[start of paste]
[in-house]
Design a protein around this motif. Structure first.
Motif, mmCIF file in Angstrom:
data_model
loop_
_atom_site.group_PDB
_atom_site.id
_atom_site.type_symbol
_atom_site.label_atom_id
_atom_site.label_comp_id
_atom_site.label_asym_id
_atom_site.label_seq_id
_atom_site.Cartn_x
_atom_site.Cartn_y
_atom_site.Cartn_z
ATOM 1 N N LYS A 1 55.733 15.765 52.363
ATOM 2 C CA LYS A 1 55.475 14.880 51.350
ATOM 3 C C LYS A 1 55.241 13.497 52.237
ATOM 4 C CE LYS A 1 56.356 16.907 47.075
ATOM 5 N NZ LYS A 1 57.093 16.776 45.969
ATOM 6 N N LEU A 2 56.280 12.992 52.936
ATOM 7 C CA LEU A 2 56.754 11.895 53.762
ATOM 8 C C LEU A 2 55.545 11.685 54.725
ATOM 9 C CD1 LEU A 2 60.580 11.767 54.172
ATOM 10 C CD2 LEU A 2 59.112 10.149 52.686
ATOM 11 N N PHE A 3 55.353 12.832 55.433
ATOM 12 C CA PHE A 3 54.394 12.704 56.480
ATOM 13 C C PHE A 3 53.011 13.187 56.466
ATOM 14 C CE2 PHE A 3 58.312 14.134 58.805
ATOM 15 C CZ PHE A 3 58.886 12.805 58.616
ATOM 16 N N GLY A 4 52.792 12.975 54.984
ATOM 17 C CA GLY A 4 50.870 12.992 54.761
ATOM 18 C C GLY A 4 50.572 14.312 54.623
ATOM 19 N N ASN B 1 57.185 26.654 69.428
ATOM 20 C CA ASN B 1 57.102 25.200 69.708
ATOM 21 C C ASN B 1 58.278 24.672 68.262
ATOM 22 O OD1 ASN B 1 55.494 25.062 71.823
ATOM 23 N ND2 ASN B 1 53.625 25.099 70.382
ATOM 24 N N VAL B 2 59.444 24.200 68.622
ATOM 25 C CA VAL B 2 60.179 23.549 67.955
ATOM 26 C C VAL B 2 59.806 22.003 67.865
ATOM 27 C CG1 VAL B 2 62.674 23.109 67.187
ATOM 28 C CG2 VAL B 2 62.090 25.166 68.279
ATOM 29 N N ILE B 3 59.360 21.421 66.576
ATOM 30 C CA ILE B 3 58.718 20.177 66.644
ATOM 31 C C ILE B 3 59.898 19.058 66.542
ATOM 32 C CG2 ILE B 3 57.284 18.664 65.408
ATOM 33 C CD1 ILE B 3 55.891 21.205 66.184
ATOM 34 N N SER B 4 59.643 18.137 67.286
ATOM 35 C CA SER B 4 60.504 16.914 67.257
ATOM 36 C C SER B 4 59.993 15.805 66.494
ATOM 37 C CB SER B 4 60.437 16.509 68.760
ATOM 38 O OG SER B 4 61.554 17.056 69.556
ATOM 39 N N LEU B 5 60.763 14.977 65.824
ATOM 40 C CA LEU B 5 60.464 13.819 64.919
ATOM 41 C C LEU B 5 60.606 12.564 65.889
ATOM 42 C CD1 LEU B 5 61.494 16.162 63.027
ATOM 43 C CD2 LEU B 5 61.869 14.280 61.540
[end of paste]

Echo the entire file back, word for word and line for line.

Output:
[in-house]
Design a protein around this motif. Structure first.
Motif, mmCIF file in Angstrom:
data_model
loop_
_atom_site.group_PDB
_atom_site.id
_atom_site.type_symbol
_atom_site.label_atom_id
_atom_site.label_comp_id
_atom_site.label_asym_id
_atom_site.label_seq_id
_atom_site.Cartn_x
_atom_site.Cartn_y
_atom_site.Cartn_z
ATOM 1 N N LYS A 1 55.733 15.765 52.363
ATOM 2 C CA LYS A 1 55.475 14.880 51.350
ATOM 3 C C LYS A 1 55.241 13.497 52.237
ATOM 4 C CE LYS A 1 56.356 16.907 47.075
ATOM 5 N NZ LYS A 1 57.093 16.776 45.969
ATOM 6 N N LEU A 2 56.280 12.992 52.936
ATOM 7 C CA LEU A 2 56.754 11.895 53.762
ATOM 8 C C LEU A 2 55.545 11.685 54.725
ATOM 9 C CD1 LEU A 2 60.580 11.767 54.172
ATOM 10 C CD2 LEU A 2 59.112 10.149 52.686
ATOM 11 N N PHE A 3 55.353 12.832 55.433
ATOM 12 C CA PHE A 3 54.394 12.704 56.480
ATOM 13 C C PHE A 3 53.011 13.187 56.466
ATOM 14 C CE2 PHE A 3 58.312 14.134 58.805
ATOM 15 C CZ PHE A 3 58.886 12.805 58.616
ATOM 16 N N GLY A 4 52.792 12.975 54.984
ATOM 17 C CA GLY A 4 50.870 12.992 54.761
ATOM 18 C C GLY A 4 50.572 14.312 54.623
ATOM 19 N N ASN B 1 57.185 26.654 69.428
ATOM 20 C CA ASN B 1 57.102 25.200 69.708
ATOM 21 C C ASN B 1 58.278 24.672 68.262
ATOM 22 O OD1 ASN B 1 55.494 25.062 71.823
ATOM 23 N ND2 ASN B 1 53.625 25.099 70.382
ATOM 24 N N VAL B 2 59.444 24.200 68.622
ATOM 25 C CA VAL B 2 60.179 23.549 67.955
ATOM 26 C C VAL B 2 59.806 22.003 67.865
ATOM 27 C CG1 VAL B 2 62.674 23.109 67.187
ATOM 28 C CG2 VAL B 2 62.090 25.166 68.279
ATOM 29 N N ILE B 3 59.360 21.421 66.576
ATOM 30 C CA ILE B 3 58.718 20.177 66.644
ATOM 31 C C ILE B 3 59.898 19.058 66.542
ATOM 32 C CG2 ILE B 3 57.284 18.664 65.408
ATOM 33 C CD1 ILE B 3 55.891 21.205 66.184
ATOM 34 N N SER B 4 59.643 18.137 67.286
ATOM 35 C CA SER B 4 60.504 16.914 67.257
ATOM 36 C C SER B 4 59.993 15.805 66.494
ATOM 37 C CB SER B 4 60.437 16.509 68.760
ATOM 38 O OG SER B 4 61.554 17.056 69.556
ATOM 39 N N LEU B 5 60.763 14.977 65.824
ATOM 40 C CA LEU B 5 60.464 13.819 64.919
ATOM 41 C C LEU B 5 60.606 12.564 65.889
ATOM 42 C CD1 LEU B 5 61.494 16.162 63.027
ATOM 43 C CD2 LEU B 5 61.869 14.280 61.540